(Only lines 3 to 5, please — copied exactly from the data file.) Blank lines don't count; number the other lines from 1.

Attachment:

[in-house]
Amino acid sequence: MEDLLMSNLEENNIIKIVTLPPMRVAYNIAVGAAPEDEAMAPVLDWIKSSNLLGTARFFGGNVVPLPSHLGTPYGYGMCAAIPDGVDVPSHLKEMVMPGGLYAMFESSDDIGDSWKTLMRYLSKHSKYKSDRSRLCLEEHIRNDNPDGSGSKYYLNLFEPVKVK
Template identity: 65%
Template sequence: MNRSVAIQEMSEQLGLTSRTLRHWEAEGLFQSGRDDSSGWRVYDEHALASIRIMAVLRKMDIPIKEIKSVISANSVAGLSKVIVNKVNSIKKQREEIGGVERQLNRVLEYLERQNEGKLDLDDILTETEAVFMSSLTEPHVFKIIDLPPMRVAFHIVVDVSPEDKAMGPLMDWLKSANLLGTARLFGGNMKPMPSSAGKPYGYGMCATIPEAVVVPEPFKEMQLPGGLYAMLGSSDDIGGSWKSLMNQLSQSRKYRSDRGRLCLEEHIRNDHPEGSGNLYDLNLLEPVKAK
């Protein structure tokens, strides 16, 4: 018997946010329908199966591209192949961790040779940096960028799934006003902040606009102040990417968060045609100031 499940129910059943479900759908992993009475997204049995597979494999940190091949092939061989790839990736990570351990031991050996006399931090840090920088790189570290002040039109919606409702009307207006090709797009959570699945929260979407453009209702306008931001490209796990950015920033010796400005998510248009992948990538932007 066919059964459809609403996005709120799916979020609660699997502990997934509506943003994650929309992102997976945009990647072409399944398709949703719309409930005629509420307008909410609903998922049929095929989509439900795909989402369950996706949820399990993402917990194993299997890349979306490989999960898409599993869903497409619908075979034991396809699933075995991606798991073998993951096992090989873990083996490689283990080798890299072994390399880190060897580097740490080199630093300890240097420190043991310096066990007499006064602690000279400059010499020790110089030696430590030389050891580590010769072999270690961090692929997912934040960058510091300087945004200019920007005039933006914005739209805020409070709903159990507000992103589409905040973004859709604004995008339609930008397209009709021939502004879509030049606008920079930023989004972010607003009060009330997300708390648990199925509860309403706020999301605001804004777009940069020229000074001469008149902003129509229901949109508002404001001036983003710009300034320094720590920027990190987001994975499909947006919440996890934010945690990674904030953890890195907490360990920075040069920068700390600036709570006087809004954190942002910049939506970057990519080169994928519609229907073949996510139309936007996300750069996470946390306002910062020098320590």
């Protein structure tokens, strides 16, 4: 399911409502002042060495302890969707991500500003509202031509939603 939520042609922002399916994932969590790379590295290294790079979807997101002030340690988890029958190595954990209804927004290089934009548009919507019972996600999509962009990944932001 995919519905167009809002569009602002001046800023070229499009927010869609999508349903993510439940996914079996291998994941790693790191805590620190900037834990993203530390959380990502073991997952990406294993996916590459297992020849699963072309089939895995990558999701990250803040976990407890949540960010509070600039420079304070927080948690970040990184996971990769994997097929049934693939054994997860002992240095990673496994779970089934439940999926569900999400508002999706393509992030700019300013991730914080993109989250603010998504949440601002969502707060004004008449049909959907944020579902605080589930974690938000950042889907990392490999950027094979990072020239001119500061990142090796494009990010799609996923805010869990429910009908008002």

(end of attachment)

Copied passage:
Template identity: 65%
Template sequence: MNRSVAIQEMSEQLGLTSRTLRHWEAEGLFQSGRDDSSGWRVYDEHALASIRIMAVLRKMDIPIKEIKSVISANSVAGLSKVIVNKVNSIKKQREEIGGVERQLNRVLEYLERQNEGKLDLDDILTETEAVFMSSLTEPHVFKIIDLPPMRVAFHIVVDVSPEDKAMGPLMDWLKSANLLGTARLFGGNMKPMPSSAGKPYGYGMCATIPEAVVVPEPFKEMQLPGGLYAMLGSSDDIGGSWKSLMNQLSQSRKYRSDRGRLCLEEHIRNDHPEGSGNLYDLNLLEPVKAK
């Protein structure tokens, strides 16, 4: 018997946010329908199966591209192949961790040779940096960028799934006003902040606009102040990417968060045609100031 499940129910059943479900759908992993009475997204049995597979494999940190091949092939061989790839990736990570351990031991050996006399931090840090920088790189570290002040039109919606409702009307207006090709797009959570699945929260979407453009209702306008931001490209796990950015920033010796400005998510248009992948990538932007 066919059964459809609403996005709120799916979020609660699997502990997934509506943003994650929309992102997976945009990647072409399944398709949703719309409930005629509420307008909410609903998922049929095929989509439900795909989402369950996706949820399990993402917990194993299997890349979306490989999960898409599993869903497409619908075979034991396809699933075995991606798991073998993951096992090989873990083996490689283990080798890299072994390399880190060897580097740490080199630093300890240097420190043991310096066990007499006064602690000279400059010499020790110089030696430590030389050891580590010769072999270690961090692929997912934040960058510091300087945004200019920007005039933006914005739209805020409070709903159990507000992103589409905040973004859709604004995008339609930008397209009709021939502004879509030049606008920079930023989004972010607003009060009330997300708390648990199925509860309403706020999301605001804004777009940069020229000074001469008149902003129509229901949109508002404001001036983003710009300034320094720590920027990190987001994975499909947006919440996890934010945690990674904030953890890195907490360990920075040069920068700390600036709570006087809004954190942002910049939506970057990519080169994928519609229907073949996510139309936007996300750069996470946390306002910062020098320590």